Kapitel 3: Alternative Fürsorge
3. Alternative care

3.a Alternative care facilities and foster families

Next Chapter
3.b Care Leaver

The number of children and adolescents living in alternative care has grown constantly in recent years. The rise between 2014 and 2016 was largely due to the increasing number of unaccompanied refugee minors. The challenges posed by traumatic refugee experiences and language barriers in institutional or foster care have thus also risen sharply.

The considerable regional differences in the provision of support services in Germany is concerning. Children’s rights are breached when location and jurisdictions determine whether or not qualified support services are provided. Families overwhelmed with child-raising and care responsibilities have often not been given any adequate aid or support beforehand. Children living in precarious situations and poverty are particularly affected.

There has also been a rise in the number of children and adolescents living in alternative care settings, which restrict or deprive them of their freedoms (e.g. closed accommodation facilities). This indicates a serious overburdening and skill shortage within the youth welfare system.

Before arriving in their current alternative care setting, many young people have already lived in one or more foster families, other forms of alternative care, and some had their support services discontinued.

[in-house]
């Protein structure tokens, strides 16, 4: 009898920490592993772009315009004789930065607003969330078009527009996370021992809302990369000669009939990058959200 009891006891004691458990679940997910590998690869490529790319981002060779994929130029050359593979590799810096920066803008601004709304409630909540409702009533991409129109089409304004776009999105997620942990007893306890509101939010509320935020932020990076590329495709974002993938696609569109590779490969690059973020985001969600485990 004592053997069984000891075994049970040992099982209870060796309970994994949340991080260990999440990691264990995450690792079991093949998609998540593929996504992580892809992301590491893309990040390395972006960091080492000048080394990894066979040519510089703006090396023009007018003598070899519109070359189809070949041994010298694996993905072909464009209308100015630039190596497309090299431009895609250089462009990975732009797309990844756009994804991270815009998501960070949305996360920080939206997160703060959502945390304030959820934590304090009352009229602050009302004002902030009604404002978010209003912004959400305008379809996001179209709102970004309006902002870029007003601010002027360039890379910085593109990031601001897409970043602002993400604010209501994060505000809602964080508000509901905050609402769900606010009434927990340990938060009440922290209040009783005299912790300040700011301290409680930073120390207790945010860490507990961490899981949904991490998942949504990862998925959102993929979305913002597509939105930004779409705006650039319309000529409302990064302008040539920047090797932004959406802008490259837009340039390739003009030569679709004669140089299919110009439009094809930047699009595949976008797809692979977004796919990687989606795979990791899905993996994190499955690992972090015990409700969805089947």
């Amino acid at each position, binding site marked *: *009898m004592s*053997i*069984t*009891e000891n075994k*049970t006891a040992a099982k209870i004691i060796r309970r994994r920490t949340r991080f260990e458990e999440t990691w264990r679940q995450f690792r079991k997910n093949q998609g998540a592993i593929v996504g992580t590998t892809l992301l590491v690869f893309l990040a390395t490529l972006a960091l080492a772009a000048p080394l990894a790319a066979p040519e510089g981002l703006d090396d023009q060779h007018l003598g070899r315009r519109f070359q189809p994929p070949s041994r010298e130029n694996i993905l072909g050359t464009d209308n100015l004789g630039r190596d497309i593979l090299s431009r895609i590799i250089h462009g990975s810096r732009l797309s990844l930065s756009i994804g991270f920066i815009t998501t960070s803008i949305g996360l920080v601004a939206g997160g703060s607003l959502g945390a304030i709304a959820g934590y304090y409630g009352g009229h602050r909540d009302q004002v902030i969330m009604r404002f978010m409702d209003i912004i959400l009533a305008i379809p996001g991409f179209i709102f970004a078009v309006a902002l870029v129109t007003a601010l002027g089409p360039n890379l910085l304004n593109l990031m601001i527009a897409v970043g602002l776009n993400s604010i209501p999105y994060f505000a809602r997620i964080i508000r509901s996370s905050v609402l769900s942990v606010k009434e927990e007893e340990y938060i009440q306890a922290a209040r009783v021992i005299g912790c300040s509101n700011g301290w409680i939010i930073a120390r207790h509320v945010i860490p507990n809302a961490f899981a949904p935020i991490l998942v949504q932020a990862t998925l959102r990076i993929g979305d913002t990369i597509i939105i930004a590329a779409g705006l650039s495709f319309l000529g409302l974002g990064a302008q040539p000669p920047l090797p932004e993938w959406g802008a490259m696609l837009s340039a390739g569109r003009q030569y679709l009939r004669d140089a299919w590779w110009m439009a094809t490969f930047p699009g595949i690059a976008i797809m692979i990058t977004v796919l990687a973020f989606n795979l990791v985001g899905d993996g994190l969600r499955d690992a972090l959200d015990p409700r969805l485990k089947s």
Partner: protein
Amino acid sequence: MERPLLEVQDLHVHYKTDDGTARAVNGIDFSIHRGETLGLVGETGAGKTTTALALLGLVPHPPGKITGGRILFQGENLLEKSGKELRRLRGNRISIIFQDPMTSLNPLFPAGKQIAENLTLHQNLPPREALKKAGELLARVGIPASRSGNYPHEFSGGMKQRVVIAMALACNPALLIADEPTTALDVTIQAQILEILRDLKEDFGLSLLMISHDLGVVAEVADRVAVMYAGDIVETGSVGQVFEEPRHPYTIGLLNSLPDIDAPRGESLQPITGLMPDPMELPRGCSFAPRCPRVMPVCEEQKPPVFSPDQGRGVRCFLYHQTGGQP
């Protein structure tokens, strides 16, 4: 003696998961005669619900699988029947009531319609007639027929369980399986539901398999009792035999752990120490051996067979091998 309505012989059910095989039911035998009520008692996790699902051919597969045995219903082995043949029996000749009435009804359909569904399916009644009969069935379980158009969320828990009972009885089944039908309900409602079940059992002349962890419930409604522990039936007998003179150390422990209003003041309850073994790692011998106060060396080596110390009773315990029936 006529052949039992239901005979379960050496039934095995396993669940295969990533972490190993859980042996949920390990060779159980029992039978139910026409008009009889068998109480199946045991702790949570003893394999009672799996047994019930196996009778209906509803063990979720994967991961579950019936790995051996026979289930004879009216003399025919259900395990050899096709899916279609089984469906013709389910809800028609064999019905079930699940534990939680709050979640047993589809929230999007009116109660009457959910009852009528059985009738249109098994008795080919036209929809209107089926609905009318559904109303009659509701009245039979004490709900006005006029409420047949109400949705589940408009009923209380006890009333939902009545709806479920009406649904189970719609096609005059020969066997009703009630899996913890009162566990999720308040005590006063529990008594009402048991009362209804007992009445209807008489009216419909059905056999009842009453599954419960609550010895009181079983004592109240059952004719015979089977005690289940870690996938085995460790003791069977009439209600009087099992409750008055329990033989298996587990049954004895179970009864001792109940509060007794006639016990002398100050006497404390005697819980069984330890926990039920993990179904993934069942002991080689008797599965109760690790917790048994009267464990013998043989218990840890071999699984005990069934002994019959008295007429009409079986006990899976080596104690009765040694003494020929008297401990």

The legal situation and reality associated with foster-child support currently leads to foster care often remaining a ‘temporary solution’ for several years. Prospective planning, taking into account the child’s sense of time, is not always adequately provided for in support plans, resulting in the children living in a permanent state of uncertainty. Once their child has been placed in alternative care, biological parents often receive no further assistance in constructively handling the situation in the best interests of the child.

  • The National Coalition Germany recommends that the UN Committee call on the German federal government to
  • 76. Introduce mandatory professional standards, particularly regarding the involvement of children in decisions relating to institutionalised or foster care;
  • 77. Introduce legal regulations that ensure foster children can remain with their foster families for the long term, thereby enabling relationship continuity;
  • 78. Implement research findings on the consequences of differing quality of youth welfare offices and abruptly discontinued support services;
  • 79. Review alternative care settings restricting or depriving children of their freedoms in terms of compliance with the UN Convention on the Rights of the Child, and ensure any breaches of children’s rights are remedied;
  • 80. Significantly improve the material resources and staffing at local youth welfare offices in order to eliminate regional disparities and ensure adequate support;
  • 81. Promote skills in linguistic and cultural understanding, taking into account gender-specific aspects, by increasing the training and employment of multilingual social workers or youth welfare specialists.
Next Chapter
3.b Care Leaver
Menu